It was a chilly, gray January morning when we piled in the car to make the 45 minute drive south to Monroe. We were fortunate that traffic on I-275 was light and although it was cold-there was no snow or freezing rain to contend with.
We were all a bit tired still, recovering from the hectic holiday schedule and the pace of the school year- concerts, plays, homework, grading papers, lesson planning and we were eager to get away to do something a bit different.
So, off we were to Monroe, an historic city, with a wonderful cafe-Agua Dulce Cafe, located at 17 1st Street, right in the heart of downtown. Nestled across from the Monroe Press and near historic buildings converted to office space, Agua Dulce is a warm, welcoming cafe with amazing beverages and pastries.
My daughter and I had been here once before, on a break between games at one of her soccer tournaments. We nestled into one of the few seats available, enjoyed our beverages, and worked on homework.
Our return visit was even better than I remembered. The large glass window with the Agua Dulce Cafe sign painted, is reminiscent of the classic store front cafe's in North Boston or Lincoln Park in Chicago.
Entering the long, narrow cafe is to enter a cozy coffee and tea lovers paradise. There are a half dozen or so tables in the front sitting area, the silver coffee dispensers rest on a lovely antique serving table. One wall is devoted to neatly displayed coffee and tea mugs, presses, pots and other supplies available for purchase.
The counter is at the far end of the cafe where you will be tempted by delicious pastries baked at the shop. We purchased and shared a blueberry lemon scone which was moist and flavorful and a fruit bar that was amazing-moist, sweet, yet not overpowering.
We were fortunate to have one of the owners as our barista and she patiently helped us with our beverage selection. Jenny ordered a macchiato, one of her favorite beverages at a national chain. Our barista educated us on the Agua Dulce macchiato, which is the traditional style, made with only a small amount of espresso and a large amount of foam. Jenny concurred that this was not exactly what she was hoping for and our barista suggested a latte, which Jenny enjoyed tremendously.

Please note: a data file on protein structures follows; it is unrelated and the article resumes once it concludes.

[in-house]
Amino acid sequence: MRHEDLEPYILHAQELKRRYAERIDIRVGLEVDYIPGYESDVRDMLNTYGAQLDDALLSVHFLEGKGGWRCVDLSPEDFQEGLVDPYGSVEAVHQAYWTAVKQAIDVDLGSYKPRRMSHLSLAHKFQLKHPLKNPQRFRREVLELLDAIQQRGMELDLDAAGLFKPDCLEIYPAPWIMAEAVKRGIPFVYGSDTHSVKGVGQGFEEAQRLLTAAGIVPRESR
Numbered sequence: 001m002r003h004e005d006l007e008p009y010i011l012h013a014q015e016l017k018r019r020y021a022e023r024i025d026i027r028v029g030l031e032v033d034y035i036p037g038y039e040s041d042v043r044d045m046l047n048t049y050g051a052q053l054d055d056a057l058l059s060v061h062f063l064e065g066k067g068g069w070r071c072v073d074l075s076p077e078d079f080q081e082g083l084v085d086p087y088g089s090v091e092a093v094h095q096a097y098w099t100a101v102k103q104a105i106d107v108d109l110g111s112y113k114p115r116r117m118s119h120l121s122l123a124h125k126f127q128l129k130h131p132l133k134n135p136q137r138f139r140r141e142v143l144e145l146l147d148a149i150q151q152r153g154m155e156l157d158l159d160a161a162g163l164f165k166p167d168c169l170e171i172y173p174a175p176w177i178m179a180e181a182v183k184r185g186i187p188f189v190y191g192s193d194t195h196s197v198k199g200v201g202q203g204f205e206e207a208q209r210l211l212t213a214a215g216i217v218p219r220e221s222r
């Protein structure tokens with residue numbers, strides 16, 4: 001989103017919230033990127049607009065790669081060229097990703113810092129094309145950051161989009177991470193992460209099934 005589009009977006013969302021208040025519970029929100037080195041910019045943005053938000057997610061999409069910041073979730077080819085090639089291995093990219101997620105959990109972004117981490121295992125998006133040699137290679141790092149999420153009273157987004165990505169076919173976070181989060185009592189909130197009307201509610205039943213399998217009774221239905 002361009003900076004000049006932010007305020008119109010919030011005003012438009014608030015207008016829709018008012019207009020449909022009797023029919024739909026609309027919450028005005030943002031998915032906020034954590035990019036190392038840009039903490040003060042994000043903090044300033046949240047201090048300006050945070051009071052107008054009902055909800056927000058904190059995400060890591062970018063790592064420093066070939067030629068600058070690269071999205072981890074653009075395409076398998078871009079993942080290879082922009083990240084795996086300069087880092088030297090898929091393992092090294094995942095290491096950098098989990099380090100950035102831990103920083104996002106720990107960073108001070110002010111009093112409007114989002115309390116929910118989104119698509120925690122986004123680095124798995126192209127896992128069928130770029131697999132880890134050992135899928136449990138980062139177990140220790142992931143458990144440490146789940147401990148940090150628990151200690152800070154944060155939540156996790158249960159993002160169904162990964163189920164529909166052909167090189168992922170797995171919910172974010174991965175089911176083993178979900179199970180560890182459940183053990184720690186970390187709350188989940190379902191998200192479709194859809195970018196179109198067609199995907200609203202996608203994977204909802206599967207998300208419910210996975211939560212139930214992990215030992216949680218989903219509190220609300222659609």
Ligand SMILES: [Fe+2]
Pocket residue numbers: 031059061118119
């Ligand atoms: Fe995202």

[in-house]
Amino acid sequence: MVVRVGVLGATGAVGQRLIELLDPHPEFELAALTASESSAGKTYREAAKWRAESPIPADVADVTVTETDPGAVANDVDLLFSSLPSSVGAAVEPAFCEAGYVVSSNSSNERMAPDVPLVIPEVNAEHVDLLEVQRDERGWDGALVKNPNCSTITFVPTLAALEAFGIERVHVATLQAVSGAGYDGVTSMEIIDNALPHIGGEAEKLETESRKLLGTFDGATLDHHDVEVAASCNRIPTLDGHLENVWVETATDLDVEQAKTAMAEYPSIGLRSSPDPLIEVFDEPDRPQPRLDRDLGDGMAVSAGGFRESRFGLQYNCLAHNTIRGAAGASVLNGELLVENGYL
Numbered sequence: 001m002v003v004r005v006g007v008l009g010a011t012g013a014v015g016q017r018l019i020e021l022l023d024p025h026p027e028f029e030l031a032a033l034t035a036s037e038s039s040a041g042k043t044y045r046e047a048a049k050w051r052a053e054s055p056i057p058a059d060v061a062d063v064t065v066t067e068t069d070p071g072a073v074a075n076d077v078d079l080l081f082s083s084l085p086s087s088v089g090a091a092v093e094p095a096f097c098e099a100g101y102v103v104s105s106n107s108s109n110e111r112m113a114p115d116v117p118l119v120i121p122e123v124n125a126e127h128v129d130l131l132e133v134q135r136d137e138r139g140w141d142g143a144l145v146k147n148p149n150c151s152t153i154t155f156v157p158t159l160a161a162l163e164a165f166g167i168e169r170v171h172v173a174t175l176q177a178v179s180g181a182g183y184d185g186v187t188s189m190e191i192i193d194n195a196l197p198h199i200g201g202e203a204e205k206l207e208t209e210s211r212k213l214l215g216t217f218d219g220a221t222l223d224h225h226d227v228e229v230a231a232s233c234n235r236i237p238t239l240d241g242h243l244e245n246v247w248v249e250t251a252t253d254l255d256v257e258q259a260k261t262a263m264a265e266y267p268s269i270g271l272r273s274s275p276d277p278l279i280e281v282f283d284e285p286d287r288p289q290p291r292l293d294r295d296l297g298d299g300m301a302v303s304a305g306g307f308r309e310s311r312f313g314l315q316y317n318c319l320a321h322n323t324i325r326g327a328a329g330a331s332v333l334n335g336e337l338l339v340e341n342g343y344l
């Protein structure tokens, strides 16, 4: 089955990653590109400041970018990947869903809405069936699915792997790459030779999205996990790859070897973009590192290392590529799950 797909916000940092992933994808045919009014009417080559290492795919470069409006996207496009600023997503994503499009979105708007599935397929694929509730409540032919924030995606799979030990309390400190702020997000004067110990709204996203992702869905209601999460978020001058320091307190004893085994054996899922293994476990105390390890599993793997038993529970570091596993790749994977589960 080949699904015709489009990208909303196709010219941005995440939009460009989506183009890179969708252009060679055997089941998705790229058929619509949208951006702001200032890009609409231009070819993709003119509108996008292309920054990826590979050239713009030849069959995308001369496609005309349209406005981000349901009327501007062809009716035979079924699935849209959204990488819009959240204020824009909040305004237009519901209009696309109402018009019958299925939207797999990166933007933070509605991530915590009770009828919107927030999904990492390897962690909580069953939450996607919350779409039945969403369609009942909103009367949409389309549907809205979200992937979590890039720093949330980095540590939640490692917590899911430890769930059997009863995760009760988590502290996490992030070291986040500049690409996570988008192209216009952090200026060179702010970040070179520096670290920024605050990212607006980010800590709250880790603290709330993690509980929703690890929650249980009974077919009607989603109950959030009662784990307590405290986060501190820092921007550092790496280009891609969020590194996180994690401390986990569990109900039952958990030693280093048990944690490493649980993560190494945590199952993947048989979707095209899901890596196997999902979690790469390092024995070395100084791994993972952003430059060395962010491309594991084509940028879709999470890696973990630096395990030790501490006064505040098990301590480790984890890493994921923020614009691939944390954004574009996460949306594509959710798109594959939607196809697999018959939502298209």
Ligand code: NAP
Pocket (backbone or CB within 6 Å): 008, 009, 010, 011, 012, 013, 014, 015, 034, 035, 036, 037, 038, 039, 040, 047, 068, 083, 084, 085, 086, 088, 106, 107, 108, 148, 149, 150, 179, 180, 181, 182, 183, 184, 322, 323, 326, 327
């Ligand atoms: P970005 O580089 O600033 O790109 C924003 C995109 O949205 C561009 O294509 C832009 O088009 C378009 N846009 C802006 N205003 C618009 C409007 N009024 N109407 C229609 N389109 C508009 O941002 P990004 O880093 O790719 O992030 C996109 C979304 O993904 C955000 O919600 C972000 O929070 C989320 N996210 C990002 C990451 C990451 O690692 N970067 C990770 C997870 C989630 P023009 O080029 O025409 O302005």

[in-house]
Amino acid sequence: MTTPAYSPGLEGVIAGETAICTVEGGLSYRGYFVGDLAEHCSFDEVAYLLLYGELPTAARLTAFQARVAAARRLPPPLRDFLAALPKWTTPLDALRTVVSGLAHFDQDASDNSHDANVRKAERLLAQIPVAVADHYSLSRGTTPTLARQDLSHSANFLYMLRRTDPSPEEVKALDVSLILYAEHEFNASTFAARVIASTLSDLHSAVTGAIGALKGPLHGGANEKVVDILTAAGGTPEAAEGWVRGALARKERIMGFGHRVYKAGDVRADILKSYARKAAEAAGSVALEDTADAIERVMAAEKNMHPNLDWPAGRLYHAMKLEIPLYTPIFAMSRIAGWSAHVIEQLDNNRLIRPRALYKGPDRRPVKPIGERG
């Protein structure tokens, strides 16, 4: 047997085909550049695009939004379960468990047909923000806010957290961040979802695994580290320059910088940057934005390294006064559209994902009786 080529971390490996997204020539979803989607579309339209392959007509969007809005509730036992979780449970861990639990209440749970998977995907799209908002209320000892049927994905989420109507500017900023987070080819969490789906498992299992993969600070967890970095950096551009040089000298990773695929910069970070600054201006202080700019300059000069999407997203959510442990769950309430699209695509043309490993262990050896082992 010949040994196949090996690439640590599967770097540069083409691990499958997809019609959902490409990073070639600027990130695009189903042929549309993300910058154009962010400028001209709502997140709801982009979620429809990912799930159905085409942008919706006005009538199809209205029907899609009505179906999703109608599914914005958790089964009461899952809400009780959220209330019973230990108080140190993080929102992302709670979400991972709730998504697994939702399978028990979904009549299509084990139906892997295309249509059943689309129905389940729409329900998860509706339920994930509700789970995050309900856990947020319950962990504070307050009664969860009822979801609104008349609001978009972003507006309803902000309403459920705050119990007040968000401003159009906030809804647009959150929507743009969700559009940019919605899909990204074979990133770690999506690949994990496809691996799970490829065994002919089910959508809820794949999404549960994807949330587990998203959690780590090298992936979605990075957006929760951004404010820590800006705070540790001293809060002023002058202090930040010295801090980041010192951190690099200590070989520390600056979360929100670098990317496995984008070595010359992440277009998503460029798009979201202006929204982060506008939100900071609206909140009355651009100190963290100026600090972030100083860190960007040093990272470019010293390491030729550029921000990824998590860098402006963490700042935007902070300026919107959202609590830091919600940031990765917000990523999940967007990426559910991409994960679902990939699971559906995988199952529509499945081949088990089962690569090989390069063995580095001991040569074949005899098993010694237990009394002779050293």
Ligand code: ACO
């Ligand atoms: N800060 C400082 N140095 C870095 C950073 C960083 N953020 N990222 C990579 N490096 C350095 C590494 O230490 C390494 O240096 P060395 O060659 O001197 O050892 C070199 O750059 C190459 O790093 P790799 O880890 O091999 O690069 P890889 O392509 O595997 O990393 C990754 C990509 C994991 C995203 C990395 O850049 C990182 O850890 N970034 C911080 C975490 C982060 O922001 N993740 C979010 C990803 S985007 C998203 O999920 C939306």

Our daughter had tea, always served loose, and our barista showed us how to use their tea dispenser. It was an ingenious device, which I have never seen before. The loose tea is placed in the container with hot water to steep. Once the timer goes off, the tea is steeped perfectly and you put the container on top of your cup and the tea pours into you cup, leaving the leaves in the container. Very cool!
My coffee was delicious-robust and nutty, with no bitter aftertaste and our son was all smiles with his hot chocolate.
I also had the opportunity to learn more about the coffee that they roast themselves- as French Town Roasters. Although I enjoy coffee, I am certainly no expert, so I am really appreciative for the recommendation of the Organic Costa Rican, which I am enjoying right now as I reflect on our wonderful trip to Agua Dulce Cafe and the welcoming owners.
Just a note, the cafe has limited seating, so you may need to enjoy your beverages and snacks to go, if they are very busy. Or better yet, take a walk to the Raisin River, get a few photos by the statue of General George Custer, then come back and settle into a table and savor!
Enjoy- and Travel Local!
Family Questions for Discussion
1. How is coffee produced?
2. How does the geography of the country where the bean is produced affect the taste?
3. What did Ben Franklin think of hot chocolate?
4. What is the difference between Organic and Fair Trade?
5. What are the health benefits of drinking tea?
6. French Town Roasters-what does the term "French Town" mean?
7. What does "Agua Dulce" mean? What language is it from?
8. Why are there so many different flavors of tea and types of coffee drinks-what does this tell us about our taste buds?
9. Have you been in a small, neighborhood cafe like Agua Dulce in your travels? If so, where?
10. What else does this inspire you to "dream, learn, do?"
Written by Jim Miller